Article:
A special need for common sense and decency

I have covered and attended plenty of sporting events in my life, but I have never seen the level of sportsmanship I consistently find at Special Olympics competitions.

The organization, which spans more than 170 countries and involves more than 5.3 million athletes, offers us all a simple but profound motto.

“Let me win, but if I can’t win, let me be brave in the attempt.”

I have written about the bravery of these athletes before.

They go hard, sprint to the finish line, play to the whistle, fall down sometimes, pick themselves up, and keep moving forward.

I admire their ability, their tenacity and their joy.

But, the Special Olympics program wasn’t developed just for the athletes. Their mission, “to change attitudes toward people with intellectual disabilities and to transform lives through the joy of sport, every day, everywhere,” applies to everyone.

The goal isn’t just to provide a nice arena for some eager competitors; it’s to show spectators how real heroes play the game.

If you’ve never attended a Special Olympics event, you should treat yourself to one soon. Pay attention to how hard those athletes try and how happy they are to have the opportunity to test themselves.

Think it’s not possible to be both competitive and kind?  Take a bleacher seat at a Special Olympics game and see how it’s done.

It’s not just the athletes who learn fair play and accountability. It’s everyone who sees them do their thing.

I thought about this as I read news accounts of Education Secretary Betsy Devos’ plans to eliminate government funding for Special Olympics and even President Trump’s announcement that he had “overridden his people” and reinstated the funds.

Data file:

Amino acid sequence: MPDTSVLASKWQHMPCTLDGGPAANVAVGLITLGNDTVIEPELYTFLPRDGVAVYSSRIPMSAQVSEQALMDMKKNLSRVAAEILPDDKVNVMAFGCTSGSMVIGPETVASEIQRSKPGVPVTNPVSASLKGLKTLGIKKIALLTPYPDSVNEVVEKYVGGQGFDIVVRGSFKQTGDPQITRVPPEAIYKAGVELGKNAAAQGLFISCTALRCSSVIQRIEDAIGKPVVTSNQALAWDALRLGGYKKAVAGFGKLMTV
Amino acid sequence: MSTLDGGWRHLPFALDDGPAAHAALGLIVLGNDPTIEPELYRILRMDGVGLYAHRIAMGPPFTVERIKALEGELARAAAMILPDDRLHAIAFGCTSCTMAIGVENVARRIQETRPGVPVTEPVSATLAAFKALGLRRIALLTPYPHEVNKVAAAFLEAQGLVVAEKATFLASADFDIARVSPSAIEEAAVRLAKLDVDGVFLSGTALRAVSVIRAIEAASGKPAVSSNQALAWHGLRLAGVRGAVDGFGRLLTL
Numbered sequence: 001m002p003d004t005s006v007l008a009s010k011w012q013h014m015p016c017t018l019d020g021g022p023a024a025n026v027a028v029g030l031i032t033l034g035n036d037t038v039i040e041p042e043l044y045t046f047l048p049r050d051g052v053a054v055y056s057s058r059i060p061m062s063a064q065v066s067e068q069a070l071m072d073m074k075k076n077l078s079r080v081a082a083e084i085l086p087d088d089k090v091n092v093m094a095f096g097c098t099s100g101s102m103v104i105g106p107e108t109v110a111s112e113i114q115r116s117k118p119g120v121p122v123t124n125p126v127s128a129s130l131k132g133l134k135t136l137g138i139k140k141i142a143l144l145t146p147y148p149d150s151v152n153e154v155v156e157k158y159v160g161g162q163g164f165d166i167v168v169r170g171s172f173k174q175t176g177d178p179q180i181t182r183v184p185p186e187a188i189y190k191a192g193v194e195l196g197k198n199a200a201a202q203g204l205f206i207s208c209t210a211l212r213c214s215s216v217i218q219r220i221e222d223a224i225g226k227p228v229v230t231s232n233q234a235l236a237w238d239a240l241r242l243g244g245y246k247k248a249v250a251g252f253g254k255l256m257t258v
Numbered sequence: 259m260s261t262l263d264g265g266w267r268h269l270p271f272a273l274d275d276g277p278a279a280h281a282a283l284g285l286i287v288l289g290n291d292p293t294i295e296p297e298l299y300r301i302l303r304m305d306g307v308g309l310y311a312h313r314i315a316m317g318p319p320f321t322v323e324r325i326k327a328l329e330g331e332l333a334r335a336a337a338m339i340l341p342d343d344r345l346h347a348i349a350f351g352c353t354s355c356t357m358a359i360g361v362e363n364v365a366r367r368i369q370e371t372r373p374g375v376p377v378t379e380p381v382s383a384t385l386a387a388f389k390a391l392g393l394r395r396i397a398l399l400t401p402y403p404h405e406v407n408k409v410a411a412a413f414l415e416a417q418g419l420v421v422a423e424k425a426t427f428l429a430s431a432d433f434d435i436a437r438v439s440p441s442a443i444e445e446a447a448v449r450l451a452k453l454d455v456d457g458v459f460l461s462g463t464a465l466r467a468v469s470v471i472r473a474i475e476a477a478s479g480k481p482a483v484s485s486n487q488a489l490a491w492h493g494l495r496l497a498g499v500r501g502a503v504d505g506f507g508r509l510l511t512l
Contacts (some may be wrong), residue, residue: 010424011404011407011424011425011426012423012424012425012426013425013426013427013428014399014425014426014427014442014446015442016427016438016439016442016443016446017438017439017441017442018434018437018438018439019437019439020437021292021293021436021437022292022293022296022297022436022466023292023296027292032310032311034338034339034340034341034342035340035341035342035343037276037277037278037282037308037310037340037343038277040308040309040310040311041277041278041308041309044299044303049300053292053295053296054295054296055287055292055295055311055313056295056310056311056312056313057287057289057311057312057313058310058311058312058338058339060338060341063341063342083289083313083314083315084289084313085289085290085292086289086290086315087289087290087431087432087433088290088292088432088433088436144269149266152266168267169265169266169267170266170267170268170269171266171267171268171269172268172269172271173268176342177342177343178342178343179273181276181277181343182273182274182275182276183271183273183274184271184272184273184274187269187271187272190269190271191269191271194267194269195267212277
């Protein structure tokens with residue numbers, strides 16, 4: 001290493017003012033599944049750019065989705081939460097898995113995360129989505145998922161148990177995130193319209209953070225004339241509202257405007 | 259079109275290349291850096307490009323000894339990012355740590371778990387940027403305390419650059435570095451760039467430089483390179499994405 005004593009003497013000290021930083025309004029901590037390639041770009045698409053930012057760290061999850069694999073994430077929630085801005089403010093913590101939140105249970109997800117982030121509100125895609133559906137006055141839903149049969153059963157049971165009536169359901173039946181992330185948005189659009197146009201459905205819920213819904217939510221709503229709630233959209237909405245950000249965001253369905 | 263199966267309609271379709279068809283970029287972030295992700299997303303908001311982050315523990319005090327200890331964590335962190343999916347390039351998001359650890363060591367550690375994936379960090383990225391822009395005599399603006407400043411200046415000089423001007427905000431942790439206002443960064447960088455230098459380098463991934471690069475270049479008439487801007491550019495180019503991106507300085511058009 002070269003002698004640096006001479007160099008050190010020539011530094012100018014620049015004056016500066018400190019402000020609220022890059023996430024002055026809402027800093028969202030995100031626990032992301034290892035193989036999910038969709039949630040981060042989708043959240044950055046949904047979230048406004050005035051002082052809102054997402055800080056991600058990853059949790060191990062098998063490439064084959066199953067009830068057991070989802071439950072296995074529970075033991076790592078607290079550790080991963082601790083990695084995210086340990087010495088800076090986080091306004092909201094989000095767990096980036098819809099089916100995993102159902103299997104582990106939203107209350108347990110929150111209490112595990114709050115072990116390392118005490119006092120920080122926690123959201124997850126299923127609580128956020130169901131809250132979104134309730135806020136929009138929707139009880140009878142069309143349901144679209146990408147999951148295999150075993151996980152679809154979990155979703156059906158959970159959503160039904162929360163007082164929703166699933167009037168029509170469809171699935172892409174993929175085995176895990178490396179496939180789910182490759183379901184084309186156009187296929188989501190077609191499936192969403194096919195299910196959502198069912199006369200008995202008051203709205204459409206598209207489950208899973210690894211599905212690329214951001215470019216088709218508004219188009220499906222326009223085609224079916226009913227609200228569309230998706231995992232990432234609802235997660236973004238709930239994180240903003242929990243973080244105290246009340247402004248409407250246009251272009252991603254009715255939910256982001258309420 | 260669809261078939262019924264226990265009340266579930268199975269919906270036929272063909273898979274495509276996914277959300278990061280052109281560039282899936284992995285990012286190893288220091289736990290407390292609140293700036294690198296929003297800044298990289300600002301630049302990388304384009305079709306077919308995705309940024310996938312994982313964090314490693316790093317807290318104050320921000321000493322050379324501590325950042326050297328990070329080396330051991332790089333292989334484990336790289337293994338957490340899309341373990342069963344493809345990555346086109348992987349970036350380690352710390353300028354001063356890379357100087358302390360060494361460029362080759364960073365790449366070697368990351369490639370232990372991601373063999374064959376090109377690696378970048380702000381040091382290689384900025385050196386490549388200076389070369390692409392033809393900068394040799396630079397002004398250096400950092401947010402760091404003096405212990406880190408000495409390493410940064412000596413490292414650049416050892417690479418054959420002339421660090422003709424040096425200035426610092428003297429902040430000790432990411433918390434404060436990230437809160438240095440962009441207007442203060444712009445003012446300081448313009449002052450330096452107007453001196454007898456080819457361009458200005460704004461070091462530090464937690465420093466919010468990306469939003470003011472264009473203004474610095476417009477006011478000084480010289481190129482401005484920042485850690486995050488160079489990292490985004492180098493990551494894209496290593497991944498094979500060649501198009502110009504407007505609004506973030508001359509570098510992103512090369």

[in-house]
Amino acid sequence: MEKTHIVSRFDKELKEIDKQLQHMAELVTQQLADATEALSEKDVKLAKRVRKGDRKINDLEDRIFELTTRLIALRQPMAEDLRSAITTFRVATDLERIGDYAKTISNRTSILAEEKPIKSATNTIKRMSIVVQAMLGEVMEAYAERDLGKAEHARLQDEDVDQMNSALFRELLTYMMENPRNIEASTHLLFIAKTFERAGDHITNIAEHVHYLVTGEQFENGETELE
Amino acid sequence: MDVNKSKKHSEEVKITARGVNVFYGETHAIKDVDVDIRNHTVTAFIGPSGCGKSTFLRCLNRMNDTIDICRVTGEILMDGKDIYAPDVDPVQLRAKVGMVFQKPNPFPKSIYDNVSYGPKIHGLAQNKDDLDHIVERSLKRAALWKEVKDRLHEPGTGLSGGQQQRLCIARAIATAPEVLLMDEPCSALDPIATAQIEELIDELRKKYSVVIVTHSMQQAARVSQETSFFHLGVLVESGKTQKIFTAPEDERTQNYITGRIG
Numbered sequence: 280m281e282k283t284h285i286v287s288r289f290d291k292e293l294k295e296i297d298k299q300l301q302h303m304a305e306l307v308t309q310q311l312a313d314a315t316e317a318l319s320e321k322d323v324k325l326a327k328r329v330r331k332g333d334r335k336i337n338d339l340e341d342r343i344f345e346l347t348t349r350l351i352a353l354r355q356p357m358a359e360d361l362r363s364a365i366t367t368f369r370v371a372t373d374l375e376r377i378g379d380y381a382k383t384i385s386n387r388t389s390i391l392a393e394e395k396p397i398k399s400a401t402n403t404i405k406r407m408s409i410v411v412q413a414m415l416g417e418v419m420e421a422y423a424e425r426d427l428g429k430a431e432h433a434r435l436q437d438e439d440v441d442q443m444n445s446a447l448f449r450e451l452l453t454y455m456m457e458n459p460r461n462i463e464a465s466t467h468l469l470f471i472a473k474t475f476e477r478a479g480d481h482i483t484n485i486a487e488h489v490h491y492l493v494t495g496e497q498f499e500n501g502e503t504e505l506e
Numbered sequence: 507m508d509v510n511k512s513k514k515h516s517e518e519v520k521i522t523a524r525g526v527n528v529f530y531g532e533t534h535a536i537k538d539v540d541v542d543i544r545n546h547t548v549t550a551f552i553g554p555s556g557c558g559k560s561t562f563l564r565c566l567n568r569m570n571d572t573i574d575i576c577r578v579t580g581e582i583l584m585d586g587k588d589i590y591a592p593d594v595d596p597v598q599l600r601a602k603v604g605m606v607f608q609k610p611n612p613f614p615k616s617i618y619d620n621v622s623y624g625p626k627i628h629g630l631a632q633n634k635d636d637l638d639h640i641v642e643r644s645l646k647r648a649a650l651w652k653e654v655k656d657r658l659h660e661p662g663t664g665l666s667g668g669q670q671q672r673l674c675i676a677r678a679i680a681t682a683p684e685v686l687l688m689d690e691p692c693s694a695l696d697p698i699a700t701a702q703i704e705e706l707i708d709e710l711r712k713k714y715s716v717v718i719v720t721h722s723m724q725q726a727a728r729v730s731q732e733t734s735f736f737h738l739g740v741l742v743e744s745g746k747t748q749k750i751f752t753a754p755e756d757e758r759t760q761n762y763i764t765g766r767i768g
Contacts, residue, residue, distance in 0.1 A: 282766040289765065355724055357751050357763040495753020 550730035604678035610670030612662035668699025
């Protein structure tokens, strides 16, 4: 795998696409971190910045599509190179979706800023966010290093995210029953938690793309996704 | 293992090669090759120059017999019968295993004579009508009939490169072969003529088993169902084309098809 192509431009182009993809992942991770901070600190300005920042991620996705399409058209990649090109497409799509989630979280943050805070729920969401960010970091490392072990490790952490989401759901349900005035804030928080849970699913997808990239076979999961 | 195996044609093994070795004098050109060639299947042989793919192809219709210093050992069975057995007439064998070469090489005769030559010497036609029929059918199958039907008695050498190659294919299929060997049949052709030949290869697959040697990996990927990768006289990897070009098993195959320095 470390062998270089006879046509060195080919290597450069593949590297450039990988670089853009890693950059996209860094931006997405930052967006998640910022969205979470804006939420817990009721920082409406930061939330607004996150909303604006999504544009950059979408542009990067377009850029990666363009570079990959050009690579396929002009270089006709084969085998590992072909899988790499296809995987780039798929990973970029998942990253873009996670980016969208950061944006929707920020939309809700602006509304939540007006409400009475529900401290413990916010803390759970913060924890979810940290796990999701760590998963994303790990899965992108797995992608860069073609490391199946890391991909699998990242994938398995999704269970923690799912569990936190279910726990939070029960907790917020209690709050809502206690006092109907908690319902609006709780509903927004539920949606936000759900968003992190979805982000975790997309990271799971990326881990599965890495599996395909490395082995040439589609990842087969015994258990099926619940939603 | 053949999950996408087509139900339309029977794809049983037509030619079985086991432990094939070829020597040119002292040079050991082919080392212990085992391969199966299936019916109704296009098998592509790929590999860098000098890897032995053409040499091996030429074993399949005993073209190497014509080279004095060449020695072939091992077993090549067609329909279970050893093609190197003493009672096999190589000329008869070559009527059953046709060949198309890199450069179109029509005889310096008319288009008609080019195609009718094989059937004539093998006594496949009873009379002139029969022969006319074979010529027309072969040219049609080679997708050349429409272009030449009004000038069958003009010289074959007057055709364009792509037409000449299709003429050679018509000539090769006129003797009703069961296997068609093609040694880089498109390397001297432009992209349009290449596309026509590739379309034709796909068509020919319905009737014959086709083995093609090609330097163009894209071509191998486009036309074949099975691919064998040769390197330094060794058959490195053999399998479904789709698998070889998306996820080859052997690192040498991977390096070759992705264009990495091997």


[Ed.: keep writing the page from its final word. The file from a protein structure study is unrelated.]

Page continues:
It seems to me that sometimes the people cutting funding to a program are the very ones who would benefit from it the most.

My favorite shot of a medal stand ever. These are Special Olympic athletes. They are competitors on the field, mutual supporters off and always, always they compete with joy.
These two are an excellent example of how the impact of Special Olympics transcends the games. They met as Special Olympic volunteers and have been married now for 34 years.
Special Olympics is designed to teach everyone — athlete, coach, volunteer, fan and photographer — how to live like a champion.

9 thoughts on “A special need for common sense and decency

  1. As one with an acquired disability, I have learned and admired much from my friends at Special Olympics. Our world has need for all of us.

  2. My husband used to drive school bus for Sybil Hopp, a school in Brown County for the physically and mentally challenged. Some of these kids participated in special olympics. Some received medals for winning, but all received hugs,for a job well done, even if they didn’t win. It was very touching.

  3. Our family has been involved with SO swimming. The athletes inspired all. A wet hug after they finished was true love. ❤️

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